The 16th and 17th century historians arguing against Sander were using his original text which was in Latin and which states that when Jane was having trouble in childbirth Henry was asked whether he would choose the mother or the son. He replied that he could easily find more wives but not children. Therefore, the physicians used their surgical skills to release the baby and shortly after Jane died.
      The key bit being “cùm medicis chirurgicisque artibus ad partum laxaretur”. The fact that physicians used surgery to release the baby and had asked Henry VIII which person he wanted to prioritise implies that a caesarean section was performed and that is how the 16th and 17th century historians read it. That’s why Burnet quotes Sander as saying “Queen Jane Seymour being in hard labour of Prince Edward, the King ordered her body to be so opened by surgeons that she died soon after.”
      Hope that helps. The translation of Sander’s book is excellent but in this case it wasn’t quite as precise and misses part of a sentence.

      1. Claire says:

        I forgot to give you a link to Sander’s original Latin version – sorry, my morning coffee hasn’t quite reached my brain yet! It can be found on Google books – https://books.google.es/books?id=1gxWAAAAcAAJ

  11. Barb says:

    I never believed that myth….a caesarian section would have killed her immediately. She died of childbed fever which took about a week to kill her. Thanks for another great article!!!

  12. Gail Marion says:

    A great number of Americans carrying hostility towards Obama are convinced he was born in Kenya and, accordingly, not entitled to be President. Plus ça change, plus c’est la même chose …

    1. Robin says:

      Gail Marion,

      This site has nothing to do with Obama. Please stop spamming.

      I enjoy this site. Usually I am a lurker but felt the need to just let you know.

      Now back to Jane Seymore…

      Thank you for this article. It clears up the misconception of the c-section that never happened. Jane would have died almost immediately.

      I read something not long back which stated “Henry, in desperate need for a male heir ripped the babe from Queen Jane’s womb”

      Talk about going off the rails. I guess the person who wrote that was in desperate need to sell whatever tabloid he/she works for.

      Claire, I love this site. I lurk here and read your articles daily. Thank you for your time, research and knowledge.

  13. Denise Hansen says:

    The “Death of Queen Jane” is a very pretty ballad and it was used in the movie soundtrack for “Inside Lllewyn Davis”. Here is the link.https://www.youtube.com/watch?v=sfeKFKG3JWM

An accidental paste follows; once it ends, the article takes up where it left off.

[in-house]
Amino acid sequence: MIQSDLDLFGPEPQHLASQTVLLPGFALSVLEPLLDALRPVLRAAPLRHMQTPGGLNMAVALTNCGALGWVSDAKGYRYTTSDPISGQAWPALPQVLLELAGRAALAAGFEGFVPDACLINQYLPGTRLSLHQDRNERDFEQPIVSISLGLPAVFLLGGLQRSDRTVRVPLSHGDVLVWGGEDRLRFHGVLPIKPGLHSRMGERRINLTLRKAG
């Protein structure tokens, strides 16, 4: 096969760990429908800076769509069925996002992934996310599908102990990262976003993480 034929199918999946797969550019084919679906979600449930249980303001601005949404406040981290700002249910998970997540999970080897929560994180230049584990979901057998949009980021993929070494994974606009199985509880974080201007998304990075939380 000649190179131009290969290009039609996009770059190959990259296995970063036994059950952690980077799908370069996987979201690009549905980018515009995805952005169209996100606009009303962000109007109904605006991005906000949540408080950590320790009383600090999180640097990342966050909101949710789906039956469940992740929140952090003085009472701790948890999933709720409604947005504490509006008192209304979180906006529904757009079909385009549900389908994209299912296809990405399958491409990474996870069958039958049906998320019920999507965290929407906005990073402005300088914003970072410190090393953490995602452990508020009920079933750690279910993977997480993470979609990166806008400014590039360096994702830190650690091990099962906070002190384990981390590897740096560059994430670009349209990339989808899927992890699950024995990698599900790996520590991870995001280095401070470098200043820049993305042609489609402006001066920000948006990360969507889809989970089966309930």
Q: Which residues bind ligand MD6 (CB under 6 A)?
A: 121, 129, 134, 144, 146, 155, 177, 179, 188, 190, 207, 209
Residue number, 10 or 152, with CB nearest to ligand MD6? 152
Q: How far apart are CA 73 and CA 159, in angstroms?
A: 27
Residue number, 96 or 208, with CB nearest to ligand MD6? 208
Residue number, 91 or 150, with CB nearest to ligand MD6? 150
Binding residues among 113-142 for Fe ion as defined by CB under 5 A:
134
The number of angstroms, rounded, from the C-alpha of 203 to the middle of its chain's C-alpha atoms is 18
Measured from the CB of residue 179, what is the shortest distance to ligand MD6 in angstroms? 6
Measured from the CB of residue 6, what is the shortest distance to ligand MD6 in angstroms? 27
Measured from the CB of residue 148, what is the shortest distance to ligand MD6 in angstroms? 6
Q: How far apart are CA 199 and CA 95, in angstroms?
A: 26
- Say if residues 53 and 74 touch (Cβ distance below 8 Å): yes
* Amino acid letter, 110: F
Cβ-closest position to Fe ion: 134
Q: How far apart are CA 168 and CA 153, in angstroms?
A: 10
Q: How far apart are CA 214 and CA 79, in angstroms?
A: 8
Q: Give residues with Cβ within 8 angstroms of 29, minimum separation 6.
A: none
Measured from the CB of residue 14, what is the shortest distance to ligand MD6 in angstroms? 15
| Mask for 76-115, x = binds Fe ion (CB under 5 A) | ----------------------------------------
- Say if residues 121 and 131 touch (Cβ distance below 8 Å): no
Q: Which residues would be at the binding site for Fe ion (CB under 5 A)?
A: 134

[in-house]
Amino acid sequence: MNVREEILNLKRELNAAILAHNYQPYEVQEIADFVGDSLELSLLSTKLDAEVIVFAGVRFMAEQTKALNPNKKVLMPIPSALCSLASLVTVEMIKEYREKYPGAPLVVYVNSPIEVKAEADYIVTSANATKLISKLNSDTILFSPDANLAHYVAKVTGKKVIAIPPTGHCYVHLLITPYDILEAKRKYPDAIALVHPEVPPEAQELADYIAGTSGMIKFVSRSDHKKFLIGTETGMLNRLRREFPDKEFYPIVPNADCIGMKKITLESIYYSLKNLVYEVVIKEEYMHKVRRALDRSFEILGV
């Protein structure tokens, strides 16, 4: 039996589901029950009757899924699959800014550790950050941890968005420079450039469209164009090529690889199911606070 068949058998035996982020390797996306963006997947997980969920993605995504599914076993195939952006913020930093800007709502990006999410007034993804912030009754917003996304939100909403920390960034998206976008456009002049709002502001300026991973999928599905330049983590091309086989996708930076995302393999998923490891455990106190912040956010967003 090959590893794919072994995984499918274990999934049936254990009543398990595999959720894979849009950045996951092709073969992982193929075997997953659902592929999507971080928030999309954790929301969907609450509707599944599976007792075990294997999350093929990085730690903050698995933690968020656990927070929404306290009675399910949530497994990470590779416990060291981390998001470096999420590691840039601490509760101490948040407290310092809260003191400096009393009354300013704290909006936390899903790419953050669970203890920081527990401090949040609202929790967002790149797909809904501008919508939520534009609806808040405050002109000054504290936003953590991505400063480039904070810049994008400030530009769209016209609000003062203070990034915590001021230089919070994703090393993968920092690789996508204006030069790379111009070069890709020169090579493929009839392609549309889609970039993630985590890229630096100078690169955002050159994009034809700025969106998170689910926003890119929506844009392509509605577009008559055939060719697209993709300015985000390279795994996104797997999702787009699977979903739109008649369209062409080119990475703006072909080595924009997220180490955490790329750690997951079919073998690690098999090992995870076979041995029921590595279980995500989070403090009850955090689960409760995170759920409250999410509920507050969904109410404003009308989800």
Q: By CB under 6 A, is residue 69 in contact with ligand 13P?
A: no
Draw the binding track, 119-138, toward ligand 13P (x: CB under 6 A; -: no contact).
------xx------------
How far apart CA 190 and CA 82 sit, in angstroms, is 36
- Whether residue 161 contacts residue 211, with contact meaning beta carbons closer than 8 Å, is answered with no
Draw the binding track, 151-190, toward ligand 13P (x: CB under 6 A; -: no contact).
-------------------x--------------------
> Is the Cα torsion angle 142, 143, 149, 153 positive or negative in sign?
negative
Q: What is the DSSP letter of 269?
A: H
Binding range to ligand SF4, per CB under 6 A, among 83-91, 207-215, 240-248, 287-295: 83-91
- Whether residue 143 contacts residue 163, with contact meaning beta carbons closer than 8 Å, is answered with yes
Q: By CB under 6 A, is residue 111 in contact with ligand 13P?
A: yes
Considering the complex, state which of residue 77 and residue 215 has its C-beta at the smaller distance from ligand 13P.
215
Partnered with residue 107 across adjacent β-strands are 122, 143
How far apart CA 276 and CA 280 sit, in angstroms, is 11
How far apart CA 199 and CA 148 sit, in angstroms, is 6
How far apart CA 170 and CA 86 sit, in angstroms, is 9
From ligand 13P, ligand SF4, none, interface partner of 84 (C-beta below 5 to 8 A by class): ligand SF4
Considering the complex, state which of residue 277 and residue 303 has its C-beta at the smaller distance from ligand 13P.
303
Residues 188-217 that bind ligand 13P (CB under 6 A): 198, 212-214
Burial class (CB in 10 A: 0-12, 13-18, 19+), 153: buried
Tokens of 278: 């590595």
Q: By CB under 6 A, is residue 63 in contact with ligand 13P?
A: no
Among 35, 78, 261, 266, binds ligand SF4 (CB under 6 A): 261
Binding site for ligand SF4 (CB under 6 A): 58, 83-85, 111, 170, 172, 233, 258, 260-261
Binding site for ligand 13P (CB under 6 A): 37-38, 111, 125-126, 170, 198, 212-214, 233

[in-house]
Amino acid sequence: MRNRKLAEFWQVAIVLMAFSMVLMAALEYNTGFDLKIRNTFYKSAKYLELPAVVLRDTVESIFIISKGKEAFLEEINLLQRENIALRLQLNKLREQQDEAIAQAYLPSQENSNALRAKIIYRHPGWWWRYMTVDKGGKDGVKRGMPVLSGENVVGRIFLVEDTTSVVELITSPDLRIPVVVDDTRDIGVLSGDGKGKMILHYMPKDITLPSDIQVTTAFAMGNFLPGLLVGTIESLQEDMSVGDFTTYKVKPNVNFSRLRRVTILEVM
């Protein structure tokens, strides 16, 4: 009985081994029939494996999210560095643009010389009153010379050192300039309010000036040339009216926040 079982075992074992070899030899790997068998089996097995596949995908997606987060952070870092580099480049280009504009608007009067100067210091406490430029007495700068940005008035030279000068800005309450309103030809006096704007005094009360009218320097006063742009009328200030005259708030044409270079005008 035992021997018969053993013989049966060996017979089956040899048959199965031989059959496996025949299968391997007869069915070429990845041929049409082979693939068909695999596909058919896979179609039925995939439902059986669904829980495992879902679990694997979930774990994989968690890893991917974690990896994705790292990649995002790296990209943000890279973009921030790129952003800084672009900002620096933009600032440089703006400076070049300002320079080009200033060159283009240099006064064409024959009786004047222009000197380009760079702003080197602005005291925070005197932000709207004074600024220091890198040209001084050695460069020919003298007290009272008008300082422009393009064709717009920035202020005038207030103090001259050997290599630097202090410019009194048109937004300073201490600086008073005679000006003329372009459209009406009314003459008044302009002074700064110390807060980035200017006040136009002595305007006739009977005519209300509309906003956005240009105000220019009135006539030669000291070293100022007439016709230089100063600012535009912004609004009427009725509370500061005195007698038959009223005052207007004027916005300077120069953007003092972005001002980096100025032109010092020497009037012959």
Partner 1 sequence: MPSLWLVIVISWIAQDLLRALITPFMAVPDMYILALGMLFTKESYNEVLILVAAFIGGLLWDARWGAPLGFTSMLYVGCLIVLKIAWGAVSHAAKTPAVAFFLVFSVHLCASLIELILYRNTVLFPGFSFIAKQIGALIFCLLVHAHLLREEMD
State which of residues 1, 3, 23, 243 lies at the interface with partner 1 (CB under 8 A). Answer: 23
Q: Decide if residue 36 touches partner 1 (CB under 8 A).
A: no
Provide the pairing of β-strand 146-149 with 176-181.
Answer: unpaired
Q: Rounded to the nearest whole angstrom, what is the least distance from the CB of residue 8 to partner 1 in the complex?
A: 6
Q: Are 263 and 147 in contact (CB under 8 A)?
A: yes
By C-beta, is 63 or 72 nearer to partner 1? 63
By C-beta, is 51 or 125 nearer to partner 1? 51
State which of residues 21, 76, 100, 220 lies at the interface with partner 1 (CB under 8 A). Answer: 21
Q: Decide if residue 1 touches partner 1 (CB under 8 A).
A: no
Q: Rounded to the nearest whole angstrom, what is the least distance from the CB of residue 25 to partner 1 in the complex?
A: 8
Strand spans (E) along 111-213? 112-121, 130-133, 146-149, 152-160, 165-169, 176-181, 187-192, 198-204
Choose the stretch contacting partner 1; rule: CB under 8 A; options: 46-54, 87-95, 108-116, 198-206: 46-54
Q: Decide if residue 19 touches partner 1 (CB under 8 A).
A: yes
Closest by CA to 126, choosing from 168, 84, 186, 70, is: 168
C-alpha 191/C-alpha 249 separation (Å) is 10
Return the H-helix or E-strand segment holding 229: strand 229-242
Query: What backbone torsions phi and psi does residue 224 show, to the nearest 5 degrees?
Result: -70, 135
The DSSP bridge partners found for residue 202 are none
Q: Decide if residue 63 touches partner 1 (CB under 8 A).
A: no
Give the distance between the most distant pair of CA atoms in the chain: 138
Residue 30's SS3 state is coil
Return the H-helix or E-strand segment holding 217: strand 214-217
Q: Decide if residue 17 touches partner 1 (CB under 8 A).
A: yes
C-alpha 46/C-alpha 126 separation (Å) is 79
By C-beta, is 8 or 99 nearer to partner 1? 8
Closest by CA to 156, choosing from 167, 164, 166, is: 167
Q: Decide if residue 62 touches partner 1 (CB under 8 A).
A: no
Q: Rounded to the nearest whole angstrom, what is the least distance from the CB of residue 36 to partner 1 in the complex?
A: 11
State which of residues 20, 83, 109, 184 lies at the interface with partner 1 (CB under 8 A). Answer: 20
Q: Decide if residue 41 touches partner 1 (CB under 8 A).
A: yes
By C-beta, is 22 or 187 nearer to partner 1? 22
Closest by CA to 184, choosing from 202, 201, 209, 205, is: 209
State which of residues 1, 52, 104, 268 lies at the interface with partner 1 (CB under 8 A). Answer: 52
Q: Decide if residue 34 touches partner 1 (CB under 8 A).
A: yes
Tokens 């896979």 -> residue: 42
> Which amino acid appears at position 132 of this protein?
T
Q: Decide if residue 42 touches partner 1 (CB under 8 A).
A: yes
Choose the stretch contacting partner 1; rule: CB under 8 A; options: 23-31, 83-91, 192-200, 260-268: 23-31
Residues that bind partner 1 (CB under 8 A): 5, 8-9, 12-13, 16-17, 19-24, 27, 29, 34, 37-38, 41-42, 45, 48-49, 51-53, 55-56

14. Banditqueen says:

    A very well researched and sourced article, excellent setting out of the evidence. I never believed the c section nonsense as Jane would have died at once. As she appears to have been well enough to receive the court and to watch the ceremony of the evening procession for Edwards baptism in Hampton Court. The work by Sander does not say he was born with a c, but that Henry was told he may have to choose between the life of the child and that of the mother. It’s the commentary that adds the C section. Both works are many years later, both are based on rumour, the equivalent of the media rags of today, picking up on rumours and inventing the rest.

    Henry could have been given a choice about Jane, she had been in labour for almost three days. The midwives used their skills through what was obviously a dangerous and difficult birth, the doctors would only be allowed in as a last resort. Jane appears to have been seriously ill, to have contracted septicemia, she died days later of childbed fever. In the documentary by Helen Castor on marriage, birth and death, she talked to a medical expert about Jane Seymour, especially pointing out that Jane suffered a loosening of the bowels, before her condition worsened. The doctor was of the opinion that Jane may not have passed the placenta, which became trapped inside her, causing bloodloss, toxic shock and septic shock. The lose movement may have been accompanied by the passing of the placenta. Jane would have suffered internal trauma. She suffered from massive internal bleeding and septic shock, causing a vast infection, thus child bed fever. Henry would have recognized it, his own mother died of this. It’s unlikely that Henry would have been able to make any decision about his wife or child, after three sleepless nights, he would have been too overwrought to make such a choice. It was not possible. But scandalous stories make for a good read now, back then it was just as likely that rumours about Jane and Edward’s birth were invented by those wanting to create a good story.

  15. Loretta Bridges says:

    Was Jane Seymour’s labor complicated by shoulder dystopia? If midwifes did not handle it properly, the labor would be prolonged. It was said that Edward VI had one shoulder considerably lower than the other. This is a common birth happening; as evidenced by the birth of Kaiser Wilhelm.

    1. Claire says:

      It could well have been. I had to have an emergency caesarean after labouring for many hours because my son was in the posterior position and also had his chin jutting out. He got well and truly stuck. I’m sure he would have sorted himself out in time but his heart rate dipped and they were worried about him so I got whisked off to the operating theatre. Perhaps Edward was in the posterior position and that’s why her labour was so long and hard.

  16. Cheryl Esselman says: